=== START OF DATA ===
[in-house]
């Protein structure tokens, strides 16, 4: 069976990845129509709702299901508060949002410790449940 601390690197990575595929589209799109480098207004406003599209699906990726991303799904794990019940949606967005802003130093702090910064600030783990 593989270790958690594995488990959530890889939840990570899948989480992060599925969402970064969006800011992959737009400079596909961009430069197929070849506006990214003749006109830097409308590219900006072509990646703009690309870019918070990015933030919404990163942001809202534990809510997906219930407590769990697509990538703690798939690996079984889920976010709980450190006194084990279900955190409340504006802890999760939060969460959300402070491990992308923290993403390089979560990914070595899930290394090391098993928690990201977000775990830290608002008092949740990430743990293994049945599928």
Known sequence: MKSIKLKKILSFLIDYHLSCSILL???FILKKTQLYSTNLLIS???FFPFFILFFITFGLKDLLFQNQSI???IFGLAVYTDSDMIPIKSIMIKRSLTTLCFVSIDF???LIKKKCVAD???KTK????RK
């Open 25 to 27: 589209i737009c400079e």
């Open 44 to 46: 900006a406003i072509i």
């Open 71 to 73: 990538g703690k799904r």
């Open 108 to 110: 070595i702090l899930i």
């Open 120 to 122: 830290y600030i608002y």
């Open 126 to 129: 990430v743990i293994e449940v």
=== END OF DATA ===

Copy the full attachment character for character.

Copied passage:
[in-house]
């Protein structure tokens, strides 16, 4: 069976990845129509709702299901508060949002410790449940 601390690197990575595929589209799109480098207004406003599209699906990726991303799904794990019940949606967005802003130093702090910064600030783990 593989270790958690594995488990959530890889939840990570899948989480992060599925969402970064969006800011992959737009400079596909961009430069197929070849506006990214003749006109830097409308590219900006072509990646703009690309870019918070990015933030919404990163942001809202534990809510997906219930407590769990697509990538703690798939690996079984889920976010709980450190006194084990279900955190409340504006802890999760939060969460959300402070491990992308923290993403390089979560990914070595899930290394090391098993928690990201977000775990830290608002008092949740990430743990293994049945599928």
Known sequence: MKSIKLKKILSFLIDYHLSCSILL???FILKKTQLYSTNLLIS???FFPFFILFFITFGLKDLLFQNQSI???IFGLAVYTDSDMIPIKSIMIKRSLTTLCFVSIDF???LIKKKCVAD???KTK????RK
């Open 25 to 27: 589209i737009c400079e």
């Open 44 to 46: 900006a406003i072509i």
């Open 71 to 73: 990538g703690k799904r």
């Open 108 to 110: 070595i702090l899930i």
């Open 120 to 122: 830290y600030i608002y």
């Open 126 to 129: 990430v743990i293994e449940v």